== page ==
Superego Of Sigmund Freud

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Sigmund Freud, a renowned psychologist and psychoanalyst, is notably known for creating the idea of the id, the ego and superego. These three concepts, according to Freud, make up the human psyche and provide some insight and understanding into how the human mind works. These so-called systems in the brain are in no way physical but together, they make up a whole and contribute towards an individual’s behavior.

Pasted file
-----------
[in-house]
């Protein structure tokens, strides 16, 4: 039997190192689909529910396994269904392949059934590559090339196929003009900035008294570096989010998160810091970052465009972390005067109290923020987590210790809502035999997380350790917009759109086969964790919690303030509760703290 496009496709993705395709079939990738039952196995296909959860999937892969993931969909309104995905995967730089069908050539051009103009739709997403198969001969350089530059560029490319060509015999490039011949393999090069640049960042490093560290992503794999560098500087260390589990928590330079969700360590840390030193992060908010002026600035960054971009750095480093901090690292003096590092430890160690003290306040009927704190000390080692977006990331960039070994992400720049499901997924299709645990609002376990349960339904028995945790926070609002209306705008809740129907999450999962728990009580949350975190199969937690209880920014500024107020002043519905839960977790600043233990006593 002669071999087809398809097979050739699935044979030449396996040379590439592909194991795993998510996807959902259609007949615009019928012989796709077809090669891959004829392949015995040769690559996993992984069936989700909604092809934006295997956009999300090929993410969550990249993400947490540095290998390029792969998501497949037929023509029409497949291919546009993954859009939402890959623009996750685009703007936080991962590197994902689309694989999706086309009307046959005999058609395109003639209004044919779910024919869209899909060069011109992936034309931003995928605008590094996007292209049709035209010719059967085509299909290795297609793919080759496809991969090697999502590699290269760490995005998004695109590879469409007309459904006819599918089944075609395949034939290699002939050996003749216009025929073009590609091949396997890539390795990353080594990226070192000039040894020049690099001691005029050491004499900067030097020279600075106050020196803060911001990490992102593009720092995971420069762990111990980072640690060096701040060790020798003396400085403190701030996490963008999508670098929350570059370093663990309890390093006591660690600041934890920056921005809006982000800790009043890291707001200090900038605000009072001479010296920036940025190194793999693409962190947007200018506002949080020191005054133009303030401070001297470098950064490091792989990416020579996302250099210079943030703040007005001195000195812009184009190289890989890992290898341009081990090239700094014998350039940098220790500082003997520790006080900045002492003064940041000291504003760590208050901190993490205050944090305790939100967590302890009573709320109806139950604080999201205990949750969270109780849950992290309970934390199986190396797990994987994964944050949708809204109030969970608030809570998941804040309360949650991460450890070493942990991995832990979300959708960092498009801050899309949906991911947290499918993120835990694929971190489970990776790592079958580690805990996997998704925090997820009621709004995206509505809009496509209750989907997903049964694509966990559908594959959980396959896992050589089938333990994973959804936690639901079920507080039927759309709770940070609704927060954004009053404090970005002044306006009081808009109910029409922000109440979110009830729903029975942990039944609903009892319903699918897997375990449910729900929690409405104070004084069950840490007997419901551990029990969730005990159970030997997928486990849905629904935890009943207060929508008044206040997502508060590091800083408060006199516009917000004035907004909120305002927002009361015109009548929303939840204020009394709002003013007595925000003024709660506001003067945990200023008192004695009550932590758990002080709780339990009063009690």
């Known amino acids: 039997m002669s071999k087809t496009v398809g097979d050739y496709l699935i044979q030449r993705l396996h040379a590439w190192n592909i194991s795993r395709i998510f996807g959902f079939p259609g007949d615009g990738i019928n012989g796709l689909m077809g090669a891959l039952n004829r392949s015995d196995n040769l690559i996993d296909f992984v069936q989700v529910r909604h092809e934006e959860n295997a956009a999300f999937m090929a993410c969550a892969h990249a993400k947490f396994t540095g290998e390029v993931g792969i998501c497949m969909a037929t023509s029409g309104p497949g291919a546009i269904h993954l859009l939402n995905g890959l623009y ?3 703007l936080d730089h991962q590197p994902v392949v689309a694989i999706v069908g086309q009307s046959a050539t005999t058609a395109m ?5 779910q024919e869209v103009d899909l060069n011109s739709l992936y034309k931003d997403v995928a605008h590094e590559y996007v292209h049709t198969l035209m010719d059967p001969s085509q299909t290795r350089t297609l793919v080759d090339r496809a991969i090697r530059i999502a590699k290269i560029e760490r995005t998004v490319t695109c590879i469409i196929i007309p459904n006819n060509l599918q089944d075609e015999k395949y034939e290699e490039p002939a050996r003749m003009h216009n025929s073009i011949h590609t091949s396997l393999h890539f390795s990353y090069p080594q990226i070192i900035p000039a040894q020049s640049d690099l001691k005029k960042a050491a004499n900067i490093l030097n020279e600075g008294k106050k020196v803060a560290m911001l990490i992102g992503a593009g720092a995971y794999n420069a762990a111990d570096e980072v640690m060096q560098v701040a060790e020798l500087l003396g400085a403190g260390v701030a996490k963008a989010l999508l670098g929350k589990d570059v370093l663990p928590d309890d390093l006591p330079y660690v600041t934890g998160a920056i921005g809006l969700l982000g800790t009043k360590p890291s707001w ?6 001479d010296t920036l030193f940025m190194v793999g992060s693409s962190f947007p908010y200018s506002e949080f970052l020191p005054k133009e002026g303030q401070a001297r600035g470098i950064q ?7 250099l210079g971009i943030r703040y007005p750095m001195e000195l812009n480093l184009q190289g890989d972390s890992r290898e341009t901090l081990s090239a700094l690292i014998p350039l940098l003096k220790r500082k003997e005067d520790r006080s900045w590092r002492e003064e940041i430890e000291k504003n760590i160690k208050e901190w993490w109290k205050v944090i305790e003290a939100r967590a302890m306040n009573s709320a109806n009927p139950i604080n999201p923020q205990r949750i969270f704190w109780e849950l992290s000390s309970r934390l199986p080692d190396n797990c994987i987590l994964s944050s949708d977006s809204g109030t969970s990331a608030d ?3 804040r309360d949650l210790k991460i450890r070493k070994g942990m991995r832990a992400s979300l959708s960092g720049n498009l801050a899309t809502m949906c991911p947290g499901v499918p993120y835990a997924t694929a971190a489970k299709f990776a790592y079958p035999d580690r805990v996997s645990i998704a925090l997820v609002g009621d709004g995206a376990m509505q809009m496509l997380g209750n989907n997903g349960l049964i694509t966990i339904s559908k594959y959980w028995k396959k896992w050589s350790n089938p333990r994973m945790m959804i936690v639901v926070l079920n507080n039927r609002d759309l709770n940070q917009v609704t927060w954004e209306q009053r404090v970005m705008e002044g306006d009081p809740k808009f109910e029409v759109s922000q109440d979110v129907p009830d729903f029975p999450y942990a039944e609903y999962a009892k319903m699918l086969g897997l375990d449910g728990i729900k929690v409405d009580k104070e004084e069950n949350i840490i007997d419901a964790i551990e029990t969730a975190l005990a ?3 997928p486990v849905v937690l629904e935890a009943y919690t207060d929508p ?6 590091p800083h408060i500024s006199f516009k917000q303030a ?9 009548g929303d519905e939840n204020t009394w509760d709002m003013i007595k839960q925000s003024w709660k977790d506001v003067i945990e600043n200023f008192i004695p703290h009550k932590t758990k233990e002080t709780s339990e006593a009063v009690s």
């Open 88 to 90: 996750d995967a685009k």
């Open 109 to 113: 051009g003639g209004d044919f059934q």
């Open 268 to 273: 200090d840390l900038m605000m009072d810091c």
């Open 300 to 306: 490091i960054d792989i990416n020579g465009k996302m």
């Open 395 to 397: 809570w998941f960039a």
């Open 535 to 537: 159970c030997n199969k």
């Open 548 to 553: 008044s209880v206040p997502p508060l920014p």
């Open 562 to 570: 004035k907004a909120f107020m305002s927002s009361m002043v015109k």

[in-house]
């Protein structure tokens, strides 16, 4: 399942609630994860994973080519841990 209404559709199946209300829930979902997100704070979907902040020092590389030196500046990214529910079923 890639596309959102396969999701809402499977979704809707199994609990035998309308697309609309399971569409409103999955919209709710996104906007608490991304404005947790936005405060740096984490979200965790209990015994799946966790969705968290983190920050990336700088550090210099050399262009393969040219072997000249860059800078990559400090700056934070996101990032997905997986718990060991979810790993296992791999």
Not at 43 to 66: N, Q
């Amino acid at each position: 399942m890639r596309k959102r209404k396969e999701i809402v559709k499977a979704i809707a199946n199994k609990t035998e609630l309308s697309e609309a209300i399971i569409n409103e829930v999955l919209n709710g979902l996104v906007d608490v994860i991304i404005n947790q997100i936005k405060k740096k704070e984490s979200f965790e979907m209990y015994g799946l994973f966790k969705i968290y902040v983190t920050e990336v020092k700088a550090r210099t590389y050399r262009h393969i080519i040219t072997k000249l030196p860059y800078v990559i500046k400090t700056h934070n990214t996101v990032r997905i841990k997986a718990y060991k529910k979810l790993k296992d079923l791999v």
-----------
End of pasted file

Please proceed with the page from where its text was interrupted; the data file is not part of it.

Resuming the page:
The id is described as the primitive component of one’s personality as it consists of everything biologically inherited at birth. This includes one’s instincts and sexual desires. The id can be described as being impulsive and contains all of the drives and hidden urges of an individual. Repressed memories in the unconscious mind resides in the id. Freud believed that the id, ego and superego developed at different stages in an individual’s life. A newborn child is all id, as it does not have the morals and social influences that come with the ego and superego. The ego, unlike the id, is partly conscious and partly unconscious. It serves as the intermediary between the id and the superego as it makes decisions based on reason, instead of unrealistically and logically (as the id would) or based on morality and societal influences (as the superego would). The ego would create the realistic ways to fulfill the id’s demands that are impulsive and with little regard to any consequences. Defense mechanisms exist within the ego due to the fact that it often faces anxiety
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